Last month, El Salvador added an additional $15.5 million in Bitcoin to its financial statements as the world’s most well-known cryptocurrency continued to decline in value. President Nayib Bukele disclosed in a tweet that the nation purchased the drop, bringing the total amount of Bitcoins in the government’s holdings to 2301. In September 2021, El Salvador bought the most coins ever and was the first nation to accept both Bitcoin and the dollar as legitimate forms of payment. The president contends that using the cryptocurrency would make receiving remittances from overseas faster and less expensive, and may release the indebted nation from the control of the established international banking system. Since then, the country has added digital currency to its balance sheet on a regular basis.

How much BTC does El-Salvador Hold?

Bitcoin has lost more than 8% over the past day and is now about 55% below its record high from November. El Salvador purchased Bitcoin on average for $30,744, according to the President’s tweet. According to information compiled by Bloomberg, the nation has a total reserve of 2,301 Bitcoin or $71.7 million at the time of writing.


When and How much did El Salvador buy Bitcoins?

Date Amount Purchased Price
06.09.2021 400 $20.9 million
07.09.2021 150 $7.6 million
20.09.2021 150 $7 million
28.10.2021 420 $25 million
29.11.2021 100 $0.54 million
07.12.2021 150 $7.5 million
21.12.2021 21 $1 million
21.01.2022 410 $15 million
13.05.2022 500 $15.5 million
Total 2301

Was it a good decision for El-Salvador to buy 2301 Bitcoins and make Bitcoin a legal tender?

President Bukele has doubled down on his Bitcoin gamble as the cryptocurrency market has fallen off in a series of dip purchases during the previous nine months. President Bukele has staked his political future on the success of the country’s Bitcoin experiment. There are many who disagree with the country’s decision to embrace Bitcoin; this group has been growing in strength lately. The Bukele bitcoin experiment has been criticized for months by the International Monetary Fund.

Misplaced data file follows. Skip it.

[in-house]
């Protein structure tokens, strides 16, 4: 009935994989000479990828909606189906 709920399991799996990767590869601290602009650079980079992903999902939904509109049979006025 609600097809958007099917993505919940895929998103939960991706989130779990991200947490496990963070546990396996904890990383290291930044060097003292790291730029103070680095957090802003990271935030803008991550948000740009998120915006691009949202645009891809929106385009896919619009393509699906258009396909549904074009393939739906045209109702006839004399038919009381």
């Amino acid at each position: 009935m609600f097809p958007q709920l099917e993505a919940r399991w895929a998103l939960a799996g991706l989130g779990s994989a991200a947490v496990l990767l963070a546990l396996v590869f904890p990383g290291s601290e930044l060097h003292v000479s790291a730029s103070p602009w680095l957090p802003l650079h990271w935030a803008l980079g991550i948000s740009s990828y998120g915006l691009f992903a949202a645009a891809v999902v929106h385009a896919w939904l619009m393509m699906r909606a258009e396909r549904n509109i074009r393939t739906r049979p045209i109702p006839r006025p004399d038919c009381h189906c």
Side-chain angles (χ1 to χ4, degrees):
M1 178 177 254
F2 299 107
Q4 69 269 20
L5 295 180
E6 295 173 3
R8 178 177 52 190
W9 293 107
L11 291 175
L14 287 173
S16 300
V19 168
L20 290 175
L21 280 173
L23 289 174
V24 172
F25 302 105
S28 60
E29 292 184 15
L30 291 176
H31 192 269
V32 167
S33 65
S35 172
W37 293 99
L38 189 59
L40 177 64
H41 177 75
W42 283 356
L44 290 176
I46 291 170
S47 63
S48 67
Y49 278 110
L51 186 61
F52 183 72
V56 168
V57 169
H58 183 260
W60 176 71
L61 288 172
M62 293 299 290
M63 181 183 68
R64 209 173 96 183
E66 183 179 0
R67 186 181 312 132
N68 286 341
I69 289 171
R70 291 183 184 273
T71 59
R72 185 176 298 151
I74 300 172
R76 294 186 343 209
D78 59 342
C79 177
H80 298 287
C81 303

IMF’s Take on El Salvador accepting Bitcoin as Legal Tender

El Salvador was forced by the IMF to stop accepting Bitcoin as legal cash in January. Directors of the IMF emphasized that there are serious dangers to consumer protection, financial stability, and integrity, as well as associated fiscal contingent liabilities, linked with the usage of bitcoin. The study, which was released after direct negotiations with El Salvador, urged policymakers to modify their bitcoin legislation by removing bitcoin’s status as legal tender. The president’s desire to raise a billion dollars through a Bitcoin Bond created in conjunction with Blockstream, a provider of infrastructure for digital currencies, was mentioned in the IMF report, which went on to state that several directors had expressed worry over the risks involved with issuing bitcoin-backed bonds. Due to adverse market conditions, that bond offering was suspended in March.

Chivo Launched

Chivo, a national virtual wallet that facilitates no-fee transactions and enables speedy cross-border payments, was also introduced as part of El Salvador’s statewide shift toward bitcoin. Chivo is designed to provide a simple on-ramp for people who have never used the banking system in a nation where 70% of residents lack access to traditional financial services. Although they underlined the need for tight regulation and control, IMF directors concurred that the Chivo e-wallet may make digital payment methods more accessible and so promote financial inclusion. Salvadorans have reported a large number of instances of theft based on identity where criminals started a Chivo e-wallet through their national ID number in order to acquire the $30 worth of free bitcoin that the government was providing as a reward. After spending the $30 incentive, just 20% of those who installed the wallet remained active users, according to a report from the American National Bureau of Economic Research that was released in April. The study’s methodology was based on a 1,800 household national representative survey.

Since the beginning of 2021, El Salvador has been attempting to secure a 1.3 billion dollars loan from the IMF, but that endeavor seems to have suffered as a result of the bitcoin controversy. Other safeguards to support the nation’s finances will need to be devised. According to the IMF, the country would be on an unsustainable path if current policies are followed since public debt is expected to increase to 96 percent of GDP by 2026.